Lindsay Fulton

PhD student
Disease Systems
Animal & Veterinary Sciences

Research interests 

The intestinal tracts of animals are home to diverse and complex communities of microbes, termed the microbiota. These microbes play a crucial role in the health of the host by contributing energy from otherwise indigestible food sources, helping to protect the host from pathogenic organisms and aiding the development of the immune system.

Antimicrobial growth promoters (AGPs) are antibiotics that have been used, at subtherapeutic concentrations, since the 1950s as a feed additive for livestock. The mechanisms by which AGPs improve growth and feed efficiency are yet to be elucidated, but they are thought to alter, or stabilise, the gut microbiota. My PhD focuses on the intestinal microbiota of broiler chickens and aims to:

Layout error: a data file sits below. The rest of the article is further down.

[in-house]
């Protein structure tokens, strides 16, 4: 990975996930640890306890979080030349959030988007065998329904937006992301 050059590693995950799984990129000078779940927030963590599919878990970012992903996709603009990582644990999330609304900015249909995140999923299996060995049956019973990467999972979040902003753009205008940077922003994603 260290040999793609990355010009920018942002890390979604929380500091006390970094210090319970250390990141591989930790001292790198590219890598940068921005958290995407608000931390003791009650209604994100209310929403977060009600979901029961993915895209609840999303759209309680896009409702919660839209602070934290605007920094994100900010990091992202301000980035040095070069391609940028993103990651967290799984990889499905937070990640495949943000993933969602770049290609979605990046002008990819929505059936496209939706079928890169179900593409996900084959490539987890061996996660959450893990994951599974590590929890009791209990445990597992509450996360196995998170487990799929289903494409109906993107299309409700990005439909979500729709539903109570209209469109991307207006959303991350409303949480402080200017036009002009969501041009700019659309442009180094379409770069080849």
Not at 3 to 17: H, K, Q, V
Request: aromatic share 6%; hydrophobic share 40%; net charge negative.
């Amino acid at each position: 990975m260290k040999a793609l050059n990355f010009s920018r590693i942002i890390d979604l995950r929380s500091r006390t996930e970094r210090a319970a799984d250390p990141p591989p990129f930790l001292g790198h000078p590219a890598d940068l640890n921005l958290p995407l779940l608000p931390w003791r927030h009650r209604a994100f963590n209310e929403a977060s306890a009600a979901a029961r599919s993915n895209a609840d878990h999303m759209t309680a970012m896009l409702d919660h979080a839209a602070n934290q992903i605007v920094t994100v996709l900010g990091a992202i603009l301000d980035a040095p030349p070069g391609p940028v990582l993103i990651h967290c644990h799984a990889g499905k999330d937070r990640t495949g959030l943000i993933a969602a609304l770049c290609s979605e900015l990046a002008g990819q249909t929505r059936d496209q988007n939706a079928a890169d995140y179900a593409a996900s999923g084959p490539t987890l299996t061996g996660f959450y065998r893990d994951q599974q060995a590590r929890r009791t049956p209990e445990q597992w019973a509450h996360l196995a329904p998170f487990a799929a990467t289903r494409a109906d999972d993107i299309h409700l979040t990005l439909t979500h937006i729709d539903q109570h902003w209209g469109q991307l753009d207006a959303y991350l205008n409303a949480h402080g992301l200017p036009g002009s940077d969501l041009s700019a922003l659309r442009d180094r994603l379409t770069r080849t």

• Characterise the intestinal microbiota of broilers with different feed efficiencies
  • Describe the effect of AGP supplementation on bacterial community structure
  • Identify microbiological biomarkers of improved growth and feed efficiency
  • Describe the impact of host genetics on the gut microbiota

From this work, I hope to understand what constitutes a desirable microbiota in broilers and which bacterial groups may be detrimental or beneficial to health and commercial performance. Key groups of bacteria may then be targeted using probiotics or dietary interventions.  

PhD Title

  • Impact of Genetics and Growth Promoters on Avian Intestinal Microbiota and Health
    Describing the effect of antibiotics on the intestinal bacterial communities of broiler chickens. We hope to identify microbiological biomarkers of healthy intestinal function and improved growth and feed efficiency.

PhD supervisor

Lindsay Fulton

Address: SRUC, Roslin Institute Building, Easter Bush, Midlothian, EH25 9RG

Telephone: 01316519355